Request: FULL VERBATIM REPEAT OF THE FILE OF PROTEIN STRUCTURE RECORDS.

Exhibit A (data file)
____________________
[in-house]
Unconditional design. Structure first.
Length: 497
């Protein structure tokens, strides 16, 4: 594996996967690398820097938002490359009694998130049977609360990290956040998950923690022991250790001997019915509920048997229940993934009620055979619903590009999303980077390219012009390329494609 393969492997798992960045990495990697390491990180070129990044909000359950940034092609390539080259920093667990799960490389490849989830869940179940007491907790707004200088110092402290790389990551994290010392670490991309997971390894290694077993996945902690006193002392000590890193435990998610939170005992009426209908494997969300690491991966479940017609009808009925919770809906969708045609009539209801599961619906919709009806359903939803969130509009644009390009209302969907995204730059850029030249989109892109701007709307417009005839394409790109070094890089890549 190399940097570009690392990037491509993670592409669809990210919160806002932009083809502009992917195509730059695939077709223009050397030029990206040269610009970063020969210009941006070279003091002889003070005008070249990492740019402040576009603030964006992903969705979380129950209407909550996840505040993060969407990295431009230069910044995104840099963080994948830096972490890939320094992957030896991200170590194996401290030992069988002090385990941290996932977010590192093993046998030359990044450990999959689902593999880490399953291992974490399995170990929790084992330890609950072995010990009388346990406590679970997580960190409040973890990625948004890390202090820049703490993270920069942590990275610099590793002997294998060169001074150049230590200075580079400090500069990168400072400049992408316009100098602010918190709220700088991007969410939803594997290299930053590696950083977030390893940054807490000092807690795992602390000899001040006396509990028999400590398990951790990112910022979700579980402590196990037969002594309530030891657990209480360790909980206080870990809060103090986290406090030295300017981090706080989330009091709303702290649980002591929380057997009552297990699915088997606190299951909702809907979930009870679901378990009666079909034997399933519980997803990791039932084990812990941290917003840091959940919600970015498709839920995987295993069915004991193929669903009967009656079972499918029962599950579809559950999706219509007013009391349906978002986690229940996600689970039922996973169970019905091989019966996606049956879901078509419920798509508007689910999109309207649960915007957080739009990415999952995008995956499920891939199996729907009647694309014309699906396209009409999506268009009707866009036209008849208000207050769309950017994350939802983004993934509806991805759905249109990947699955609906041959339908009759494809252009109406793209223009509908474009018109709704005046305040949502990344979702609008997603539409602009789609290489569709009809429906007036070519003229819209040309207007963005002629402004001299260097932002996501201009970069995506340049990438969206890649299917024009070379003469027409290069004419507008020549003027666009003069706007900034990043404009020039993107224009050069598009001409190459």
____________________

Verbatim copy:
[in-house]
Unconditional design. Structure first.
Length: 497
């Protein structure tokens, strides 16, 4: 594996996967690398820097938002490359009694998130049977609360990290956040998950923690022991250790001997019915509920048997229940993934009620055979619903590009999303980077390219012009390329494609 393969492997798992960045990495990697390491990180070129990044909000359950940034092609390539080259920093667990799960490389490849989830869940179940007491907790707004200088110092402290790389990551994290010392670490991309997971390894290694077993996945902690006193002392000590890193435990998610939170005992009426209908494997969300690491991966479940017609009808009925919770809906969708045609009539209801599961619906919709009806359903939803969130509009644009390009209302969907995204730059850029030249989109892109701007709307417009005839394409790109070094890089890549 190399940097570009690392990037491509993670592409669809990210919160806002932009083809502009992917195509730059695939077709223009050397030029990206040269610009970063020969210009941006070279003091002889003070005008070249990492740019402040576009603030964006992903969705979380129950209407909550996840505040993060969407990295431009230069910044995104840099963080994948830096972490890939320094992957030896991200170590194996401290030992069988002090385990941290996932977010590192093993046998030359990044450990999959689902593999880490399953291992974490399995170990929790084992330890609950072995010990009388346990406590679970997580960190409040973890990625948004890390202090820049703490993270920069942590990275610099590793002997294998060169001074150049230590200075580079400090500069990168400072400049992408316009100098602010918190709220700088991007969410939803594997290299930053590696950083977030390893940054807490000092807690795992602390000899001040006396509990028999400590398990951790990112910022979700579980402590196990037969002594309530030891657990209480360790909980206080870990809060103090986290406090030295300017981090706080989330009091709303702290649980002591929380057997009552297990699915088997606190299951909702809907979930009870679901378990009666079909034997399933519980997803990791039932084990812990941290917003840091959940919600970015498709839920995987295993069915004991193929669903009967009656079972499918029962599950579809559950999706219509007013009391349906978002986690229940996600689970039922996973169970019905091989019966996606049956879901078509419920798509508007689910999109309207649960915007957080739009990415999952995008995956499920891939199996729907009647694309014309699906396209009409999506268009009707866009036209008849208000207050769309950017994350939802983004993934509806991805759905249109990947699955609906041959339908009759494809252009109406793209223009509908474009018109709704005046305040949502990344979702609008997603539409602009789609290489569709009809429906007036070519003229819209040309207007963005002629402004001299260097932002996501201009970069995506340049990438969206890649299917024009070379003469027409290069004419507008020549003027666009003069706007900034990043404009020039993107224009050069598009001409190459």